When buying an exercise bike, one of the first questions people ask is: 'Do I want an upright or an recumbent exercise bike? What's the difference and which one is better?'
This article will help define these 2 general classes of exercise bikes and lay out advantages and disadvantages to each.
The first group of exercise bikes are:
1) Recumbent Bikes
Recumbent bikes are the newer exercise bikes on the market with the chair-like or bucket seats.
Your body is placed in a semi reclining position and your legs angle out in front of you to reach the pedals instead of hanging down as on an upright bike.
Recumbent bikes are obviously more comfortable than the upright bikes and they also provide better back support.
Recumbent bikes also provide more efficient blood flow throughout your body when exercising and help to work the abdominal muslces more.
These bikes are generally safer to use and, since they are so easy to use, are a great option for the elderly or those who don't exercise much.
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While some experts feel that you can't get the intense workout with a recumbent as you can on an upright bike, there are other experts that think you actually get a better workout on a recumbent since you can't cheat and stand up.
Also, recumbent bikes can be slightly larger than upright bikes (although not always) so this means they may be more difficult to move around.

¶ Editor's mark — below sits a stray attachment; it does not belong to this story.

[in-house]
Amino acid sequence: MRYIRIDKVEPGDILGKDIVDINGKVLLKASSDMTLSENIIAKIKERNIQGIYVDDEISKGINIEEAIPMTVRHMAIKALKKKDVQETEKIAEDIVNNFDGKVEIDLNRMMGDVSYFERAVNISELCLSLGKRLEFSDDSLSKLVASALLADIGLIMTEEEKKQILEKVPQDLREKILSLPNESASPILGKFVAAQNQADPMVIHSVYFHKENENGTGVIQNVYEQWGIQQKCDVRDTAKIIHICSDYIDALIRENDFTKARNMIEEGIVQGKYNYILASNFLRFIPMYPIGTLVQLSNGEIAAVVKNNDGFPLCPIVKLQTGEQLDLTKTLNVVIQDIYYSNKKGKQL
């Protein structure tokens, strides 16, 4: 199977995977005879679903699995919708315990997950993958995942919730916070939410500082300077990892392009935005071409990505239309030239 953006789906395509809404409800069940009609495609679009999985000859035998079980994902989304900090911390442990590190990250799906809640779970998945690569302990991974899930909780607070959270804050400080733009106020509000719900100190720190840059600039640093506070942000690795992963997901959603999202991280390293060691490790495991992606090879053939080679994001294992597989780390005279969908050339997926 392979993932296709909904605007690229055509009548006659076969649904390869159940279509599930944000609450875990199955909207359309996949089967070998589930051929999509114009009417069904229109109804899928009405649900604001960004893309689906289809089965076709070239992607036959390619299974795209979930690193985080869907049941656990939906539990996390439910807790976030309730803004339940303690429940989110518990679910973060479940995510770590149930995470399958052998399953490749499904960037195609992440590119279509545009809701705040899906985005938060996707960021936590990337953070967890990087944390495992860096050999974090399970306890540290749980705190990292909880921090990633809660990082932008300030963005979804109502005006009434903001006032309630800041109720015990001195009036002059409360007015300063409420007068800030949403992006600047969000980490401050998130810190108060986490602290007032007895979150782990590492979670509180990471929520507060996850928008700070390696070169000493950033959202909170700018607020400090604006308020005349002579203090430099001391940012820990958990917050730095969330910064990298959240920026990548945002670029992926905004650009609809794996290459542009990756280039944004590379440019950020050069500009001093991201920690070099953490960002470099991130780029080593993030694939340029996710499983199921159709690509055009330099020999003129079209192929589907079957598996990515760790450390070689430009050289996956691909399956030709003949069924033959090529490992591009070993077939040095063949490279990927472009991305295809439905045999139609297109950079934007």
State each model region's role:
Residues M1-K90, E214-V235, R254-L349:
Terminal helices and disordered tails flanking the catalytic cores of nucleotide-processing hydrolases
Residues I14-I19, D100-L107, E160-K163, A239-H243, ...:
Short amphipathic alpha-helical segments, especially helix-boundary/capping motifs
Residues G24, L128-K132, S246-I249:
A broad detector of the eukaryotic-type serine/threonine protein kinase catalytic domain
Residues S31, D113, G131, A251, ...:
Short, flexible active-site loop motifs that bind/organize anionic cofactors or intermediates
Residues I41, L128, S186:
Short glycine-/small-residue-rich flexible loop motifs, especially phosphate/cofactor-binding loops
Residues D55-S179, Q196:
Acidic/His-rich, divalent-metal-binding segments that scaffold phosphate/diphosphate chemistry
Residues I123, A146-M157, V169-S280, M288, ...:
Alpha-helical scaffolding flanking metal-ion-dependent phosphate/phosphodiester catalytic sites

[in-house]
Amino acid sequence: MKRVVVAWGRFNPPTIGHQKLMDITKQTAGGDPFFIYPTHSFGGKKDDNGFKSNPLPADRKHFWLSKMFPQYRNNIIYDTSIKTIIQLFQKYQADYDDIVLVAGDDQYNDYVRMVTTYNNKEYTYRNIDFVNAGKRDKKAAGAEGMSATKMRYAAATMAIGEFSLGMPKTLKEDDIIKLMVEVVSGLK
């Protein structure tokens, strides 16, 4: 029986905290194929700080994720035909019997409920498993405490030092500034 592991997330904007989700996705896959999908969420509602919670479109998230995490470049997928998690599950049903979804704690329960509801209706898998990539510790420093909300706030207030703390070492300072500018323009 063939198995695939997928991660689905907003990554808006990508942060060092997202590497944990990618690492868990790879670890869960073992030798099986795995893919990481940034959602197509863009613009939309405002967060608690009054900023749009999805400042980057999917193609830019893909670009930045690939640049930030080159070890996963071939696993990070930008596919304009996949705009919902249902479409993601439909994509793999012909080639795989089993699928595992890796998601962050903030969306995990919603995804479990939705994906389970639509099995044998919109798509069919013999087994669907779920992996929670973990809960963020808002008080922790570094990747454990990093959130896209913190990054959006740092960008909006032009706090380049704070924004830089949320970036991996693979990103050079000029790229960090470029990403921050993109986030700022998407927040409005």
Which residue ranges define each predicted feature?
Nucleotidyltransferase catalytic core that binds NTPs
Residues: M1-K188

2) Upright Bikes
These are also called "Stationary bikes" although this term is now becoming a catch-all term for both upright and recumbent bikes. These are the traditional exercise bikes that have been around for years and are similar in form to traditional outdoor bikes.
Upright stationary bikes provide a great lower body cardiovascular workout. They also fit easily into small spaces and some even fold up.
Upright bikes give you a cardio workout that focuses mainly on your quadriceps (whereas recumbent bikes focus more on the hamstrings and glutes)
Plus, if you're an outdoor cyclist you might prefer an upright bike to a recumbent as it can give you more effiecient training, especially in the winter months.
Upright bikes can be extremely uncomfortable over time - and especially if you get a cheap one with a minimally padded seat. Reading on an upright bike is also much harder than on a recumbent bike so it can get boring and this may cause you to get less use out of your exercise bike.
An offshoot of the standard upright bike is the 'Dual Action' Stationary bike like the Schwinn Airdyne. These bikes are similar in form to the upright bike but they also have movable bars or levers on arm handles to incorporate your upper body into the workout.
Using the upper body arm bars can help work your arms, chest, abs, and back muscles. This can increase overall aerobic intensity, burn more calories and provide a higher intensity workout challenge. Upper body arms can also help for those who don't want to work their legs as hard because of injury or muscle strain.
Of course there are several other offshoots of exercise bikes like spinners, bikes that combine rowing machines with exercise bikes, even interactive bikes where you can cycle while playing video games.
However for the general home exerciser, the first main question they need to decide is if they would prefer a recumbent or an upright bike.
Each obviously has its advantages and disadvantages but the bottom line is this: choose a design that you know you'll use. Because the true test of an exercise machine is if you can use it over the long term to achieve your fitness goals.
For more information on the best exercise bikes for your money visit our Best Exercise Bike page